To know sorrow is to know loss. Sorrow represents one of the most complex human emotions because it’s a sadness tinged with beauty and joy. We are sorrowful because we miss what was once, or could have been wonderful. We remember the joy but are simultaneously aware of its absence.
I think of Eve, leaving the Garden, unable to ever return.
I’m driving in my car, remembering lost things, people, lost experiences, places. I’m trying desperately to get out of the sorrow. Maybe I could exercise or distract myself somehow. Besides, the day was nearly over, and I hadn’t had one moment of flair.
This sorrow was overtaking any chance of flair.
And then I wondered: What if the sorrow is the flair?
Just because it’s a negative emotion doesn’t mean it’s not extraordinary and full of the presence of God. There’s a theology behind sorrow that tells me something about myself. I inherit sorrow as part of the Fall. I’m that figure looking back at the East Gate of Eden. And isn’t that curse accompanied by hope? Doesn’t God promise a way to rejoice in sorrow? Isn’t he called the Comforter in Sorrow? Aren’t Christians described as “sorrowful yet always rejoicing?” How can this be?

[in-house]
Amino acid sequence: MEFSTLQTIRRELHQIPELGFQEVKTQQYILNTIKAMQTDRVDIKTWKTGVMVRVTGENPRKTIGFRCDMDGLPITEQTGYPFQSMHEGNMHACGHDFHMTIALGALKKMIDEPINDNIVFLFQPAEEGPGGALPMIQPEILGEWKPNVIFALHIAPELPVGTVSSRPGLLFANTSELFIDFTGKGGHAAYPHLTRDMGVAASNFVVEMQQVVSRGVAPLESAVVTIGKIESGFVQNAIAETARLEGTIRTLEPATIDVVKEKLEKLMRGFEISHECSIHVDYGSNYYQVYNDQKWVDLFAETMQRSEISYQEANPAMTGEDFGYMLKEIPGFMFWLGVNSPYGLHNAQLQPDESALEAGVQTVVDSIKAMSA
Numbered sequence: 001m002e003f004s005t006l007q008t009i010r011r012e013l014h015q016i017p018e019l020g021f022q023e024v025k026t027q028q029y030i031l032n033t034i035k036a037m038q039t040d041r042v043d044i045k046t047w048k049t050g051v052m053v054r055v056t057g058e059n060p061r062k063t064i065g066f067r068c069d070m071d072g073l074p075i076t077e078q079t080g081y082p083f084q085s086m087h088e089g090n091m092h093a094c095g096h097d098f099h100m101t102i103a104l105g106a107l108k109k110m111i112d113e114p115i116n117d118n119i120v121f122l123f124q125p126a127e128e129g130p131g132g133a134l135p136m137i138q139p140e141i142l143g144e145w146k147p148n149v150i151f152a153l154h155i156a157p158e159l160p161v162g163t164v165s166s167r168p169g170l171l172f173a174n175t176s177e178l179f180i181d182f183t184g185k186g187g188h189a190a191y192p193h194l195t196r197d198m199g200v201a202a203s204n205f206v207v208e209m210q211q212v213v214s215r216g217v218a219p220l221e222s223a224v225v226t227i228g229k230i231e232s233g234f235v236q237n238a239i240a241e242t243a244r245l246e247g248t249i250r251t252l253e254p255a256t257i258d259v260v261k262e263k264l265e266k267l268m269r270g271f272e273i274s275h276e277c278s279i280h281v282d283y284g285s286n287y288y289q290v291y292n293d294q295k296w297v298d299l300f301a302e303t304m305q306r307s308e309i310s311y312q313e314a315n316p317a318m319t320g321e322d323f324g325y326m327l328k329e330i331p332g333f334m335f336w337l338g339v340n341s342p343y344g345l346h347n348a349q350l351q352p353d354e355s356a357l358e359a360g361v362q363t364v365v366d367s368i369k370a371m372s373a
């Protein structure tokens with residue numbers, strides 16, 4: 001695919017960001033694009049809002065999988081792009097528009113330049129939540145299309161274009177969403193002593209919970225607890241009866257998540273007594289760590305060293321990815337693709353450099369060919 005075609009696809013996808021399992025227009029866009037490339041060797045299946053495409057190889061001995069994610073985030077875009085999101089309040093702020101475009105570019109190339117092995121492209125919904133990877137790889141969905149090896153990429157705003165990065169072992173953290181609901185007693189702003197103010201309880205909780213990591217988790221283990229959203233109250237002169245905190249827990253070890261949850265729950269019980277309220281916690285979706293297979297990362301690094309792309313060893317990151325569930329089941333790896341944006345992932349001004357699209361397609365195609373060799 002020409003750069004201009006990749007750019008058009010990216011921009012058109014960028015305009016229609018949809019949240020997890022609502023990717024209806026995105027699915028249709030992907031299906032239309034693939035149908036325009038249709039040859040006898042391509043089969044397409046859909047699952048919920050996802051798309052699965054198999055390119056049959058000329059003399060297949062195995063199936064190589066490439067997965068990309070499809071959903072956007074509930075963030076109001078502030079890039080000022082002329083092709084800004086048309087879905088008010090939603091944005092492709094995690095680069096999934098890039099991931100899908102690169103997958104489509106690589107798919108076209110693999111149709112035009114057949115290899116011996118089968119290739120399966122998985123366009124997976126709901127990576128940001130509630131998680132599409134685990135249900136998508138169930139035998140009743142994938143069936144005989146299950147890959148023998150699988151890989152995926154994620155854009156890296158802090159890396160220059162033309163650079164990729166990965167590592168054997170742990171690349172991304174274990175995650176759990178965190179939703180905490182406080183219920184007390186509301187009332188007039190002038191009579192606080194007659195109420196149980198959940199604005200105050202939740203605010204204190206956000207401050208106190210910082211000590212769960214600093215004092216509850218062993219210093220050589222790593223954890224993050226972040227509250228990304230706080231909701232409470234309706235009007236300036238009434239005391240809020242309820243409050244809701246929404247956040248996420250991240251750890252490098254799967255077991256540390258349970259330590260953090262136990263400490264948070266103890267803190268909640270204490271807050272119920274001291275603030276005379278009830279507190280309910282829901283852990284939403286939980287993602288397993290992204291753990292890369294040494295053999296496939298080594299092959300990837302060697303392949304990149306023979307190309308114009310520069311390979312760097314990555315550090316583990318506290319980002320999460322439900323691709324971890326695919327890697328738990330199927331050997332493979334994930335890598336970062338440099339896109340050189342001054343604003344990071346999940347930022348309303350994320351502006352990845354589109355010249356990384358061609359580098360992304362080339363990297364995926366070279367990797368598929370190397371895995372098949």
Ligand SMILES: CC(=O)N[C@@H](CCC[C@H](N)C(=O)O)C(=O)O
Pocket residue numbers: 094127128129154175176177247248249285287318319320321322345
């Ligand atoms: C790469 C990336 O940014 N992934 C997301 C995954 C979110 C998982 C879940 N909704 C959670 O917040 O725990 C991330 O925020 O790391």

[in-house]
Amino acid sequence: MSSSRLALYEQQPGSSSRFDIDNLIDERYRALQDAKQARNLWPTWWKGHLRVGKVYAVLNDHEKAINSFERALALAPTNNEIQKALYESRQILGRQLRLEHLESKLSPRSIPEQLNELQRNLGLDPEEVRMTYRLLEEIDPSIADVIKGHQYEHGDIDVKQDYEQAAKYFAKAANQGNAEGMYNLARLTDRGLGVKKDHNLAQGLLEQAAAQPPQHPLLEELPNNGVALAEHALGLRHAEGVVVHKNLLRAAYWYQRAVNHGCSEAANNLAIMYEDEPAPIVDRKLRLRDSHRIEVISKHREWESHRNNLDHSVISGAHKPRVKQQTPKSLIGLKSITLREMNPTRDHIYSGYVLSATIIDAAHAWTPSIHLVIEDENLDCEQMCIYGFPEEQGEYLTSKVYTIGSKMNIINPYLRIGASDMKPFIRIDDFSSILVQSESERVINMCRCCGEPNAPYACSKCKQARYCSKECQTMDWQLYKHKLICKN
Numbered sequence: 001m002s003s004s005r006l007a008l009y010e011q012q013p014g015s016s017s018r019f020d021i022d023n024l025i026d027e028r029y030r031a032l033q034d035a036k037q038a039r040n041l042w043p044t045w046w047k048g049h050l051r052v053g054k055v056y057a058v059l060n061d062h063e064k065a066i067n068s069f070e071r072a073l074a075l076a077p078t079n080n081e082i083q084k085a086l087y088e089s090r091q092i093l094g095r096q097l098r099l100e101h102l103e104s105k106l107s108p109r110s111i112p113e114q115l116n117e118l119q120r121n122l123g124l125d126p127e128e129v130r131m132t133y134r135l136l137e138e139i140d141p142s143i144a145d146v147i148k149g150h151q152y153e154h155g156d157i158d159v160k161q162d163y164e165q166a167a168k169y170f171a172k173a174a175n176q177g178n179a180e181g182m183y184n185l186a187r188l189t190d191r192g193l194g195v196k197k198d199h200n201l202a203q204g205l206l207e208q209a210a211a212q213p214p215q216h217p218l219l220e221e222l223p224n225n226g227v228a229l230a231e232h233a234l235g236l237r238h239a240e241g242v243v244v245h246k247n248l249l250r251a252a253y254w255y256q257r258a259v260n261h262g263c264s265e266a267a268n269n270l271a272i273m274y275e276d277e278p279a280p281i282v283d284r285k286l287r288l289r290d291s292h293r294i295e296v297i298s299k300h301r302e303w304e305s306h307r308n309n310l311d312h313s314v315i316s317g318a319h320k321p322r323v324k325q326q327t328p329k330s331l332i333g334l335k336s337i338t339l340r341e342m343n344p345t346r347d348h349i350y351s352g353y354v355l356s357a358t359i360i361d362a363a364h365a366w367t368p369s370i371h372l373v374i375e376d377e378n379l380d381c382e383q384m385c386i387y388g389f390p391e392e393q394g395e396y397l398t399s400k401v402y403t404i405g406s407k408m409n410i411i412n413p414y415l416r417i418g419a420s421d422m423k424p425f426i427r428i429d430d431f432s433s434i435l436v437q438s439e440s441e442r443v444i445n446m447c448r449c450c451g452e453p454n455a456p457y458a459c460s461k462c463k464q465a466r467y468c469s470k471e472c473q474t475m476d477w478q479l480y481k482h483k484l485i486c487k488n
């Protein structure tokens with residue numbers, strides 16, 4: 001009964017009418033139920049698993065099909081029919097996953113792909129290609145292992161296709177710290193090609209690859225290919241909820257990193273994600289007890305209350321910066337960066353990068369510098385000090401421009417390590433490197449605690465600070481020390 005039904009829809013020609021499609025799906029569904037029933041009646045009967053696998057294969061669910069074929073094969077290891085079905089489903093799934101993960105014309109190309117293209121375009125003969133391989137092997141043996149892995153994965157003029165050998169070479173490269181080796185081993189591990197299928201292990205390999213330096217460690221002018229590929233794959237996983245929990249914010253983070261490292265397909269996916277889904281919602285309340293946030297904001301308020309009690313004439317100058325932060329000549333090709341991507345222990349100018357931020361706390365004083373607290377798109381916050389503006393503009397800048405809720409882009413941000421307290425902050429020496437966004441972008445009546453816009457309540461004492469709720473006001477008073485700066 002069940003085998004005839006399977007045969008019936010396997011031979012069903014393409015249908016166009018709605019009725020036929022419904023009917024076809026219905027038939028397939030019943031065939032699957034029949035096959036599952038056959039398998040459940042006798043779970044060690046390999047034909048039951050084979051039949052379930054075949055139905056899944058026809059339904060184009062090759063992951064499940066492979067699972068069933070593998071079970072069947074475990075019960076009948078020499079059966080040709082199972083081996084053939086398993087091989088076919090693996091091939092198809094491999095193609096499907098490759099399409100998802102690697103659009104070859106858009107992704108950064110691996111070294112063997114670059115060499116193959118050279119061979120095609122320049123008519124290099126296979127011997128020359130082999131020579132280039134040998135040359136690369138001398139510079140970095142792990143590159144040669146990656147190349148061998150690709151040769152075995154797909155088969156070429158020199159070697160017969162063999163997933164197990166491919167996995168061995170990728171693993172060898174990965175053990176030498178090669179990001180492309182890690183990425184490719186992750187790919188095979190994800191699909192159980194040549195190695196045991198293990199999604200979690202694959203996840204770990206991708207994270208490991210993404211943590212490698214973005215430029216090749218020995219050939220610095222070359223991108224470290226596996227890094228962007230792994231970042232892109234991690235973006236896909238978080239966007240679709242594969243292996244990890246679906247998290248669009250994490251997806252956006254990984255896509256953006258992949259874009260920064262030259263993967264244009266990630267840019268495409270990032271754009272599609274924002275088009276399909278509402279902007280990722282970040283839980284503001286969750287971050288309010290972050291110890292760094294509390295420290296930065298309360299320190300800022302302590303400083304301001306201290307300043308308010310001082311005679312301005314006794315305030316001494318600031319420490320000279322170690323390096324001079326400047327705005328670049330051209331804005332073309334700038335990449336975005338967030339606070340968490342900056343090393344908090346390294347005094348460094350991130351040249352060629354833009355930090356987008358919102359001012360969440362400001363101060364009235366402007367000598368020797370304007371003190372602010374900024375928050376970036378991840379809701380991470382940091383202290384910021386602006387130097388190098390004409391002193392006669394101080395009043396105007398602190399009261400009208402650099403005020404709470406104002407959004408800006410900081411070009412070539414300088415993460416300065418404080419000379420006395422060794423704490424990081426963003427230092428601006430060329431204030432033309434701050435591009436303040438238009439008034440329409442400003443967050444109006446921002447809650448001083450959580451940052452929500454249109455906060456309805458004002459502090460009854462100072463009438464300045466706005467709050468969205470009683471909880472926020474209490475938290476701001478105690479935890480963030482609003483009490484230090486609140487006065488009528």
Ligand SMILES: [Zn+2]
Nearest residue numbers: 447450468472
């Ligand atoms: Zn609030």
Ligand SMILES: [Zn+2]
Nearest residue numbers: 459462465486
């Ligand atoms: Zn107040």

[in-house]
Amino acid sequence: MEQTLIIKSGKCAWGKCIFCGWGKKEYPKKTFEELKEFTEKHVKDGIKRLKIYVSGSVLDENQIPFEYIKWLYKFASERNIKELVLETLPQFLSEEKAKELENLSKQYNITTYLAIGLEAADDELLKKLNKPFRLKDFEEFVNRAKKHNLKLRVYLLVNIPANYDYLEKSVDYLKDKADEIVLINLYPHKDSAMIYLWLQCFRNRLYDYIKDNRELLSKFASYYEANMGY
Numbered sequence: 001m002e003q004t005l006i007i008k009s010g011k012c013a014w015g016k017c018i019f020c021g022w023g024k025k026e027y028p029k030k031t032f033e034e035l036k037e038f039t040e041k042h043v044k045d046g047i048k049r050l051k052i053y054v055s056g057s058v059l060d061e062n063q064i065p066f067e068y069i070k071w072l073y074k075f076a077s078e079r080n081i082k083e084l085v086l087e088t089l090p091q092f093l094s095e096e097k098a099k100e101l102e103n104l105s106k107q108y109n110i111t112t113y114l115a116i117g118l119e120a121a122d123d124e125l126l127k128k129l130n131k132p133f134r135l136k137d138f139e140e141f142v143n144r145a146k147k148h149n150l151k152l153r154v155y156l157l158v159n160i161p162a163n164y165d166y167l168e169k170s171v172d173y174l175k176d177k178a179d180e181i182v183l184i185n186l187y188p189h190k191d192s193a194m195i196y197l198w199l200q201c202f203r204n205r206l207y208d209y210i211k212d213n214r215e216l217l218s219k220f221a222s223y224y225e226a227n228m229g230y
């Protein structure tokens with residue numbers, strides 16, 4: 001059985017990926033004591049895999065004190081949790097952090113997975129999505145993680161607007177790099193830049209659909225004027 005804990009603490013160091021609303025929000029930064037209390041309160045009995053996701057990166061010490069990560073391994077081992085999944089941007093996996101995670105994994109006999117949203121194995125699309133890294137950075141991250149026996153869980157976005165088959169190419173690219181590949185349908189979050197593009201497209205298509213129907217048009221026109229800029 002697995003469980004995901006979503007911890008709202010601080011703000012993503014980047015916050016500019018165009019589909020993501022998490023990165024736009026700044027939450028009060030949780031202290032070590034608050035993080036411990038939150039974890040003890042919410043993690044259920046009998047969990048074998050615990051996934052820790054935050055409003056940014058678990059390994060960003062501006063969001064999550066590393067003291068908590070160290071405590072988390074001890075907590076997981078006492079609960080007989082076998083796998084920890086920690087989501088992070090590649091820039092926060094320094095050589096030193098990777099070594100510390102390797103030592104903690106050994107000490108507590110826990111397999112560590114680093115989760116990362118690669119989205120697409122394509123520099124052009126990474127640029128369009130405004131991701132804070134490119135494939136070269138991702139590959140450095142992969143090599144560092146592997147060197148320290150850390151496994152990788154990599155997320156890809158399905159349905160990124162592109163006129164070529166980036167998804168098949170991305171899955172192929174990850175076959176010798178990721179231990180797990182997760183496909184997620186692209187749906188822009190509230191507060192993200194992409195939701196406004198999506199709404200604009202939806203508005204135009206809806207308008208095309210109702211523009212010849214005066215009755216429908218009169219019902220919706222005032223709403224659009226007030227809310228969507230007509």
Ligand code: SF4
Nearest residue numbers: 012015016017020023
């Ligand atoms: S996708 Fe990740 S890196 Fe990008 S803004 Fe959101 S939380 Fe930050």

Is our coming joy dependent upon our present sorrow?
When I’m sorrowful, I let my heart break apart so God can enter and heal. Sorrow accompanies me–a true companion–that reminds me what I have lost but also what will one day be restored–in God’s way and in God’s time. It’s a beautiful reminder of an usual form of flair.